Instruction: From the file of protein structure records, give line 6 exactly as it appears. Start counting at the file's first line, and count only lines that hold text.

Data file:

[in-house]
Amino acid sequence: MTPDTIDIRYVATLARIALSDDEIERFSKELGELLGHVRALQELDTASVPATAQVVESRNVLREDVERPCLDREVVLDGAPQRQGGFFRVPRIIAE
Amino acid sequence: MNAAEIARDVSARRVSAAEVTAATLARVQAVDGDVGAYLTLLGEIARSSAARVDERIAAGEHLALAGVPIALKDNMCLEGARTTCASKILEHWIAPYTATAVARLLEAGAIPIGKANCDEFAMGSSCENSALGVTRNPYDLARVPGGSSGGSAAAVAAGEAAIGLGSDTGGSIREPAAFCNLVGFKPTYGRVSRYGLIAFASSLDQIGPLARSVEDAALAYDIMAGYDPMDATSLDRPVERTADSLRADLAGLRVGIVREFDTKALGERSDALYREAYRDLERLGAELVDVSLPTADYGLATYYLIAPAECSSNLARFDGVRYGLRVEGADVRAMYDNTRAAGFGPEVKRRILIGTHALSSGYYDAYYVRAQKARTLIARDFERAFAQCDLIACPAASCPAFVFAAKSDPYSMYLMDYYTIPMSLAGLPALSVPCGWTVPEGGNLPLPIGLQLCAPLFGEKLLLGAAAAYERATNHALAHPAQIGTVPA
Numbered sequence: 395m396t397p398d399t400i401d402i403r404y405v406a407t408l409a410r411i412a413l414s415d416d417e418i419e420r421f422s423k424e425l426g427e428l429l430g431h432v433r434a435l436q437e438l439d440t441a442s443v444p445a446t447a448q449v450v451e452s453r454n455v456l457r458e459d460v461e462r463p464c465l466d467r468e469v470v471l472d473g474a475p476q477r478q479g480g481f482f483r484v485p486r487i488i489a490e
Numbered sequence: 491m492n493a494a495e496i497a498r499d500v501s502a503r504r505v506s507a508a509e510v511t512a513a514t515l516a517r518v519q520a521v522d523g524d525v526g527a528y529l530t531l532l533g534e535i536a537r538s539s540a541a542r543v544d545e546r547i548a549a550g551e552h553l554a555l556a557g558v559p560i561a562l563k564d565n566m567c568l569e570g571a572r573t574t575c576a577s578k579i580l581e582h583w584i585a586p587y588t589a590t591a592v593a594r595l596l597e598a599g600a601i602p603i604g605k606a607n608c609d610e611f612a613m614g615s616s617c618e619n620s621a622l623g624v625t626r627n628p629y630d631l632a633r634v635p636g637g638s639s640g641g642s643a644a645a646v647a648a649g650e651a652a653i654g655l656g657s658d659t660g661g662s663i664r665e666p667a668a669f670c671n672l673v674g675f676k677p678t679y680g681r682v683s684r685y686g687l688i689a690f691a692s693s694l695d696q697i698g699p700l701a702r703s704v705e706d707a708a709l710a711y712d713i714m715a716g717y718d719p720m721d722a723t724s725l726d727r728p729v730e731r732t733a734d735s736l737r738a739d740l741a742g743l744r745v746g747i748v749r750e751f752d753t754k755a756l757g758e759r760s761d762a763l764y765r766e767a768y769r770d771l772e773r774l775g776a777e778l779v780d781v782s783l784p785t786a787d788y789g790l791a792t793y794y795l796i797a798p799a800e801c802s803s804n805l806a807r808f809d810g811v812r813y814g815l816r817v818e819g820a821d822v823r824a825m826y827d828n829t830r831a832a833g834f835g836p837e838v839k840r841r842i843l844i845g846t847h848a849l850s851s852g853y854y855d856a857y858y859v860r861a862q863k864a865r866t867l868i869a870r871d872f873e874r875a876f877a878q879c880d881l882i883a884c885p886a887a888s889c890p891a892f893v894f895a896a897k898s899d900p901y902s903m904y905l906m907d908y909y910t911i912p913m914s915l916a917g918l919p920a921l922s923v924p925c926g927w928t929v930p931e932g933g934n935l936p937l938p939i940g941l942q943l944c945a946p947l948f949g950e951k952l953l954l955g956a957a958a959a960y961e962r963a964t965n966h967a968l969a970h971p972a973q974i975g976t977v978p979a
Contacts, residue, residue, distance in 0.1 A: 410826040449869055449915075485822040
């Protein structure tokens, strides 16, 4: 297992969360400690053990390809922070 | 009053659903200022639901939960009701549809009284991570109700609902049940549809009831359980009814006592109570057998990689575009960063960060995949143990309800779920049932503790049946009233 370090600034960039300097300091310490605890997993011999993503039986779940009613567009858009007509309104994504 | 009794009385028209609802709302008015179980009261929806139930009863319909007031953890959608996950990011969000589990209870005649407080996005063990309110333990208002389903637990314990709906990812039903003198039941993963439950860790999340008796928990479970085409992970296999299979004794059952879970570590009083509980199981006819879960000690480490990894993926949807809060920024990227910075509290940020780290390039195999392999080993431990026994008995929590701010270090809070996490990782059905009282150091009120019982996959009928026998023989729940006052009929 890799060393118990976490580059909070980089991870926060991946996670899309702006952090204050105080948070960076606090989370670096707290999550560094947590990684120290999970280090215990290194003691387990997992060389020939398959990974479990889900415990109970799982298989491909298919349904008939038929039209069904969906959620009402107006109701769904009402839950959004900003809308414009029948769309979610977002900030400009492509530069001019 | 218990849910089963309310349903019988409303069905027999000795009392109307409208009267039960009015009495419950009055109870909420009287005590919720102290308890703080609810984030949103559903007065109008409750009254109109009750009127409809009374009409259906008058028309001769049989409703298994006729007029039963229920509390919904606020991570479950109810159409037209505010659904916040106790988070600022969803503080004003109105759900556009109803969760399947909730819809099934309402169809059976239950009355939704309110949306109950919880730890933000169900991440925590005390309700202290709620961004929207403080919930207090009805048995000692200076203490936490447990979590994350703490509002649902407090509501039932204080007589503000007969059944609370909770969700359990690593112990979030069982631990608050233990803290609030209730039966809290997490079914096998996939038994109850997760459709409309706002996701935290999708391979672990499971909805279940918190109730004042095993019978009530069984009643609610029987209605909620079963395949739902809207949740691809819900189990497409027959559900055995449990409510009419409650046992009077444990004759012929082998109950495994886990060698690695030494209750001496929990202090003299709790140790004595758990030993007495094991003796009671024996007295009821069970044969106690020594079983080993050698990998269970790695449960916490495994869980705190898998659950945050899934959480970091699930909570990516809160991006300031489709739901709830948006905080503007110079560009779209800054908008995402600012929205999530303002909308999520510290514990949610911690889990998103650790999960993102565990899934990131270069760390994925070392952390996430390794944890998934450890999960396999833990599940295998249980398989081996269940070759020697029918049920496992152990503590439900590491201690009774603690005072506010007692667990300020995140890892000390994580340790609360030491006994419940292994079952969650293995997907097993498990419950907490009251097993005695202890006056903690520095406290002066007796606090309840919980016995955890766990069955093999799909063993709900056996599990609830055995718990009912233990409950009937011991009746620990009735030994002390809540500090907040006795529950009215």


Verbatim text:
Contacts, residue, residue, distance in 0.1 A: 410826040449869055449915075485822040